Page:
Netflix, Hulu fight Ohio Supreme Court over “video service provider” fees

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Netflix, Hulu fight Ohio Supreme Court over video service provider fees

Why it matters: Cities across the US have waged a legal battle for years to get streaming services like Netflix and Hulu to pay local governments the same fees cable companies do. The latest case in that fight has reached the Ohio Supreme Court and could cost the streaming companies millions.

Over 2,000 US cities have brought a federal class-action lawsuit against Netflix and Hulu, arguing they should pay franchise fees to city governments. As part of the suit, the Ohio Supreme Court is currently deciding whether to define the two companies as “video service providers” at the request of the city of Maple Heights.

Under a 2007 law, cable companies defined as “video service providers” must pay five percent of their gross revenue to each Ohio city in which they operate. Similar laws exist across the US. One case in Georgia last year threatened to cost Netflix $5 million.

Netflix and Hulu argue those fees should only apply to entities that lay down cables for services like cable and Internet. Neither company runs or controls any cables.

“The statute is very clear. This is about those who dig. They must pay,” said Ohio Deputy Solicitor General Mathura Sridharan. “If they don’t dig, they don’t pay. And I think that is the core principle that animates this entire case.”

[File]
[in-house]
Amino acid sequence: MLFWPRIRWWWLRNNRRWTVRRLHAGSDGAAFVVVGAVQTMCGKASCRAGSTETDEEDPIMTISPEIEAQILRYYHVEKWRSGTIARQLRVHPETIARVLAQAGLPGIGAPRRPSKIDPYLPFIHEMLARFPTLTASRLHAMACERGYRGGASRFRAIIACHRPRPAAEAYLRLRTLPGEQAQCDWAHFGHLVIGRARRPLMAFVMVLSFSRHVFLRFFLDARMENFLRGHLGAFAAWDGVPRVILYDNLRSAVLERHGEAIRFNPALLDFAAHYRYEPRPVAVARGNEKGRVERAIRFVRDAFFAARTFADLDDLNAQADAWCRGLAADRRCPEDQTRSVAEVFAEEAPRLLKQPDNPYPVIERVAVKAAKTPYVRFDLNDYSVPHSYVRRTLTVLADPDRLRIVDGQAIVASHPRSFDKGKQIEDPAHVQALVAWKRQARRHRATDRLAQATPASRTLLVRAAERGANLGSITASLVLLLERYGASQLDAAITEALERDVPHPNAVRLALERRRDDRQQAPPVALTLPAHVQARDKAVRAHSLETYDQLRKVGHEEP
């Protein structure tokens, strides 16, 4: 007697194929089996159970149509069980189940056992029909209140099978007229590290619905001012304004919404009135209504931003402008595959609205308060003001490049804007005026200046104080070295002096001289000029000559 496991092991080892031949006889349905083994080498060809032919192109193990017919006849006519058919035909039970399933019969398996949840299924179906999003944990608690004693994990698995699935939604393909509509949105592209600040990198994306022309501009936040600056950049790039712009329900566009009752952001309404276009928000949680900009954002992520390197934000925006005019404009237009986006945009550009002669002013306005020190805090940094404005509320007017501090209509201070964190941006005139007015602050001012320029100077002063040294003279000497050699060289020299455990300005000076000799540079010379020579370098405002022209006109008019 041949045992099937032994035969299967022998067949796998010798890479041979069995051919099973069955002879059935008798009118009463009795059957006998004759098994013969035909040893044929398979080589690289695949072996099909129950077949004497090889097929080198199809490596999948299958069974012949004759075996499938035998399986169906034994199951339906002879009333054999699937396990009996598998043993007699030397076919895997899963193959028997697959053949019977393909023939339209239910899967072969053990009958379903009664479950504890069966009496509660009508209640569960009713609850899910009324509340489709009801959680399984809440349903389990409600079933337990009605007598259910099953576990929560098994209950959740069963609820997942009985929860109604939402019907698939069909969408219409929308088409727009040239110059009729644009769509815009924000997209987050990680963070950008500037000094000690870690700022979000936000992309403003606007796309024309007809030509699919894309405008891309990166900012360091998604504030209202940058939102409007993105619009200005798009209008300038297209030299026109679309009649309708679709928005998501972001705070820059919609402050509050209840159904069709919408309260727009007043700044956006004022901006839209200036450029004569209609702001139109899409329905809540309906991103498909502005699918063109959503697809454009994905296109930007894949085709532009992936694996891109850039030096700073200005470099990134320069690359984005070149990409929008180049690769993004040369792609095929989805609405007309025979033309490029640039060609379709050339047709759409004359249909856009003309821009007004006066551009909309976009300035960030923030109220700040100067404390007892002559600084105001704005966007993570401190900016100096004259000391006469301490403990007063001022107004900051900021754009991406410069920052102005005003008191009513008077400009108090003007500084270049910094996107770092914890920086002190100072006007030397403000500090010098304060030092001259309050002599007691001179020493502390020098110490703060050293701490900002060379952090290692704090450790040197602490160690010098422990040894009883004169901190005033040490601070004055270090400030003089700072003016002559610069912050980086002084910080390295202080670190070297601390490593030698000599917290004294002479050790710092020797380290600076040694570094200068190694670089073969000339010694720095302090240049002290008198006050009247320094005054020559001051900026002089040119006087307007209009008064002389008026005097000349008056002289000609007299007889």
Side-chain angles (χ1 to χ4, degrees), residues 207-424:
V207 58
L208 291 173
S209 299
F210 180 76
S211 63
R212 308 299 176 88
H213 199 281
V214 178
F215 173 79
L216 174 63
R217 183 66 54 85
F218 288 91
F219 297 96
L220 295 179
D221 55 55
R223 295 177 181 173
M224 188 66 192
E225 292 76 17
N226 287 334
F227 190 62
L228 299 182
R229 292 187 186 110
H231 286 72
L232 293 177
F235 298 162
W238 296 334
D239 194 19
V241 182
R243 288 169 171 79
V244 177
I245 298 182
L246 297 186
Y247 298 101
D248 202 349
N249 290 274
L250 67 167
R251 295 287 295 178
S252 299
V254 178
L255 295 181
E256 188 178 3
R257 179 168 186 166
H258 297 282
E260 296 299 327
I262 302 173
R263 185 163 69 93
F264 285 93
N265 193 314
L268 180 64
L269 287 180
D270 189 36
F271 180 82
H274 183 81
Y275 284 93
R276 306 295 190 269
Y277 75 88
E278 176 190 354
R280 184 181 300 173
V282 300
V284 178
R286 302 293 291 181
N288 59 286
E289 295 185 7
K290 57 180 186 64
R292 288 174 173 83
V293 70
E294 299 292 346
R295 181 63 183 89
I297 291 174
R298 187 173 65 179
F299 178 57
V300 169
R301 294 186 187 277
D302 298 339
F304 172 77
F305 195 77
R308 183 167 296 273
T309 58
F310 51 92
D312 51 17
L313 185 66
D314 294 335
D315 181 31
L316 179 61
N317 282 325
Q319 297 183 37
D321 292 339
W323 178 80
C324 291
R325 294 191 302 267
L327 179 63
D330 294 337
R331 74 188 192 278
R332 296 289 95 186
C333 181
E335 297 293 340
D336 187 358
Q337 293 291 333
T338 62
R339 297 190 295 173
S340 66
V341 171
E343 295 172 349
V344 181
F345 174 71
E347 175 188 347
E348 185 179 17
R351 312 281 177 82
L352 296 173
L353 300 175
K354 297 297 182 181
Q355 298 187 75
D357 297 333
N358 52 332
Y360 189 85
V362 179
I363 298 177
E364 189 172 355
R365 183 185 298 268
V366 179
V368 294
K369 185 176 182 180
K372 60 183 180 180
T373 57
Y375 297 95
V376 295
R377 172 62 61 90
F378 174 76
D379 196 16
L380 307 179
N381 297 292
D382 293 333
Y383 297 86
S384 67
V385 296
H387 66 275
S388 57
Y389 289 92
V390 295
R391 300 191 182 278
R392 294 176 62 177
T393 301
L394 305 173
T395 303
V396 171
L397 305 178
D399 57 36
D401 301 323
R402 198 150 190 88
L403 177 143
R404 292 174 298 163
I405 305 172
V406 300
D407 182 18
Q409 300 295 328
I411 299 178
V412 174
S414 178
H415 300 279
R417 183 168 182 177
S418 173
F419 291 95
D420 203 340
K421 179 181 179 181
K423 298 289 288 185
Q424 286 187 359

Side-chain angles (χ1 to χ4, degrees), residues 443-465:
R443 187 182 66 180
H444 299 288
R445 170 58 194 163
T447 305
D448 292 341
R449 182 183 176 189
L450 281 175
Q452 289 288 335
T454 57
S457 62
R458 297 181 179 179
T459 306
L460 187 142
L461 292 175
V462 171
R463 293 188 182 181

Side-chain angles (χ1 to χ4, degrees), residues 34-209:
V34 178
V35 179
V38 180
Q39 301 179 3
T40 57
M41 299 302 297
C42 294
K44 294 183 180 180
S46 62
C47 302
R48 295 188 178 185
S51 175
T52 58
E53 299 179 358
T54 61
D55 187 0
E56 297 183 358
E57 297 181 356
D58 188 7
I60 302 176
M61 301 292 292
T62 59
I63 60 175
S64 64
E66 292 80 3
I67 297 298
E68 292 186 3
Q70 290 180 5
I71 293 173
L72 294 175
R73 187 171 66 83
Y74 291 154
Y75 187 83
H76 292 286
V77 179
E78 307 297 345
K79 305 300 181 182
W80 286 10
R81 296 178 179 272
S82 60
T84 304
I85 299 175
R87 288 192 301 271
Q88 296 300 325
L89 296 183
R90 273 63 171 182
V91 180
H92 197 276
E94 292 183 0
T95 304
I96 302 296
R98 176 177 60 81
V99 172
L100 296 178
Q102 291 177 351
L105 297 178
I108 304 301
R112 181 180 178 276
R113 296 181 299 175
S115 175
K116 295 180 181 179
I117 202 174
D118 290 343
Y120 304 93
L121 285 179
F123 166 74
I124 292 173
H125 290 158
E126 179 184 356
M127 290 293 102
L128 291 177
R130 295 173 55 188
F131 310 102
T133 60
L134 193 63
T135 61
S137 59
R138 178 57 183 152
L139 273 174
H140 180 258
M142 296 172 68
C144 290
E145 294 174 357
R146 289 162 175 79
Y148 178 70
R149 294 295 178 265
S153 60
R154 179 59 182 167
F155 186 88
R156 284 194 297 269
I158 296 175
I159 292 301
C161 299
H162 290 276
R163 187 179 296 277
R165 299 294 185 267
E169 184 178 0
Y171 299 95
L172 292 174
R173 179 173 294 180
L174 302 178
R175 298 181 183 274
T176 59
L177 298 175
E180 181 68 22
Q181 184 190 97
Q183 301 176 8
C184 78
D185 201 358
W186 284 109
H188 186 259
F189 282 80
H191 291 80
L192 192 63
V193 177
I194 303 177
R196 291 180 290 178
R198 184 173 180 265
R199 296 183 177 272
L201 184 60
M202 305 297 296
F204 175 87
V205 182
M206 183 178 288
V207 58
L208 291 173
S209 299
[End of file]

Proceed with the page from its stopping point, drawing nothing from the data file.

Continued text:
However, Maple Heights attorney Justin Hawal argues that Netflix and Hulu should pay because cord cutting is taking business away from the cable companies that do pay, effectively decreasing city revenues. Despite not laying their own cables, Netflix and Hulu compete with cable companies by offering much of the same content and producing their own.

Ohio Supreme Court Justice Jennifer Brunner pointed out that the case singles out Netflix and Hulu without mentioning similar companies like Roku, Apple, and YouTube. All three produce content for their streaming services.

Netflix attorney Gregory Garre argued that applying the franchise fee law to streaming services could potentially include anyone who streams their own content online. He said that could mean schools, churches, or courts.

A Lost Angeles judge granted Netflix and Hulu a victory against a California city this week over the same issue. A main point in the streaming services’ winning argument is that franchise fees applied to them should also apply to HBO, Disney, and Amazon, which the case didn’t include.

Similar cases have occurred in Texas, Nevada, Arkansas, Tennessee, Indiana, and elsewhere. The first court to rule against Netflix and Hulu was in Missouri. Big streaming companies seem like an obvious source of additional revenue for municipalities, but if forced to pay, they could pass those costs to subscribers.

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